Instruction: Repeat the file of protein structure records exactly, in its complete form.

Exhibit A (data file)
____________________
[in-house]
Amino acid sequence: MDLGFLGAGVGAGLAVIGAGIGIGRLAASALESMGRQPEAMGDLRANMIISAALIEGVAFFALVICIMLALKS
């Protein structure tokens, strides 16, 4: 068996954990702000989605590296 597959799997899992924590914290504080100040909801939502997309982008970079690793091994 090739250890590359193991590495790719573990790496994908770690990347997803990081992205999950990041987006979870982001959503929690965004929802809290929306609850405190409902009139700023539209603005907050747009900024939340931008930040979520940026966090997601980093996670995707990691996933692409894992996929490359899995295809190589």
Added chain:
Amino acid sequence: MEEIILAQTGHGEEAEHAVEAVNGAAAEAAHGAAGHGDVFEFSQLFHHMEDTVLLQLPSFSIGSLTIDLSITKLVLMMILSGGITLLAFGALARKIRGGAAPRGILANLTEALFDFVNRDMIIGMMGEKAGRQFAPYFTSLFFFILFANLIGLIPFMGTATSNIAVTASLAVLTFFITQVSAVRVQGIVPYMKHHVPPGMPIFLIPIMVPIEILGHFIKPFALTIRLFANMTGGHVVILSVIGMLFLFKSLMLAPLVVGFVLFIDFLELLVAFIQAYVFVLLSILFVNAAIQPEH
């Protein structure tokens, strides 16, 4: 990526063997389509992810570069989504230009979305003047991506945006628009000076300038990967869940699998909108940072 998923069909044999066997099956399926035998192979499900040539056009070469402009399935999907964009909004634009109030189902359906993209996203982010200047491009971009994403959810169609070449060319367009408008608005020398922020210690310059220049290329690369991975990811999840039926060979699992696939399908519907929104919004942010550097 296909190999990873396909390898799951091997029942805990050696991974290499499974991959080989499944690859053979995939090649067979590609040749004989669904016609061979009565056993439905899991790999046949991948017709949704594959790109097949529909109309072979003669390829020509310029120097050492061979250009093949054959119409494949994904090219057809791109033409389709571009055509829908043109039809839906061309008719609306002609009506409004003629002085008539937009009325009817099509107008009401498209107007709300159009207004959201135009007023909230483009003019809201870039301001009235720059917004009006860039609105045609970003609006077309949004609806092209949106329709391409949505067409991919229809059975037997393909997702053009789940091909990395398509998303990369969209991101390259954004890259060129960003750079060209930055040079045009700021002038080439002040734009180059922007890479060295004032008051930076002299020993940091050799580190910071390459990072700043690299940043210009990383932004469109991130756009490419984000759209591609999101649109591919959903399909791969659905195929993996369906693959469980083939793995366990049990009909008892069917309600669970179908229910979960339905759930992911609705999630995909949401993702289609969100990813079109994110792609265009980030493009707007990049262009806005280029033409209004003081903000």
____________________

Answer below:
[in-house]
Amino acid sequence: MDLGFLGAGVGAGLAVIGAGIGIGRLAASALESMGRQPEAMGDLRANMIISAALIEGVAFFALVICIMLALKS
């Protein structure tokens, strides 16, 4: 068996954990702000989605590296 597959799997899992924590914290504080100040909801939502997309982008970079690793091994 090739250890590359193991590495790719573990790496994908770690990347997803990081992205999950990041987006979870982001959503929690965004929802809290929306609850405190409902009139700023539209603005907050747009900024939340931008930040979520940026966090997601980093996670995707990691996933692409894992996929490359899995295809190589």
Added chain:
Amino acid sequence: MEEIILAQTGHGEEAEHAVEAVNGAAAEAAHGAAGHGDVFEFSQLFHHMEDTVLLQLPSFSIGSLTIDLSITKLVLMMILSGGITLLAFGALARKIRGGAAPRGILANLTEALFDFVNRDMIIGMMGEKAGRQFAPYFTSLFFFILFANLIGLIPFMGTATSNIAVTASLAVLTFFITQVSAVRVQGIVPYMKHHVPPGMPIFLIPIMVPIEILGHFIKPFALTIRLFANMTGGHVVILSVIGMLFLFKSLMLAPLVVGFVLFIDFLELLVAFIQAYVFVLLSILFVNAAIQPEH
């Protein structure tokens, strides 16, 4: 990526063997389509992810570069989504230009979305003047991506945006628009000076300038990967869940699998909108940072 998923069909044999066997099956399926035998192979499900040539056009070469402009399935999907964009909004634009109030189902359906993209996203982010200047491009971009994403959810169609070449060319367009408008608005020398922020210690310059220049290329690369991975990811999840039926060979699992696939399908519907929104919004942010550097 296909190999990873396909390898799951091997029942805990050696991974290499499974991959080989499944690859053979995939090649067979590609040749004989669904016609061979009565056993439905899991790999046949991948017709949704594959790109097949529909109309072979003669390829020509310029120097050492061979250009093949054959119409494949994904090219057809791109033409389709571009055509829908043109039809839906061309008719609306002609009506409004003629002085008539937009009325009817099509107008009401498209107007709300159009207004959201135009007023909230483009003019809201870039301001009235720059917004009006860039609105045609970003609006077309949004609806092209949106329709391409949505067409991919229809059975037997393909997702053009789940091909990395398509998303990369969209991101390259954004890259060129960003750079060209930055040079045009700021002038080439002040734009180059922007890479060295004032008051930076002299020993940091050799580190910071390459990072700043690299940043210009990383932004469109991130756009490419984000759209591609999101649109591919959903399909791969659905195929993996369906693959469980083939793995366990049990009909008892069917309600669970179908229910979960339905759930992911609705999630995909949401993702289609969100990813079109994110792609265009980030493009707007990049262009806005280029033409209004003081903000």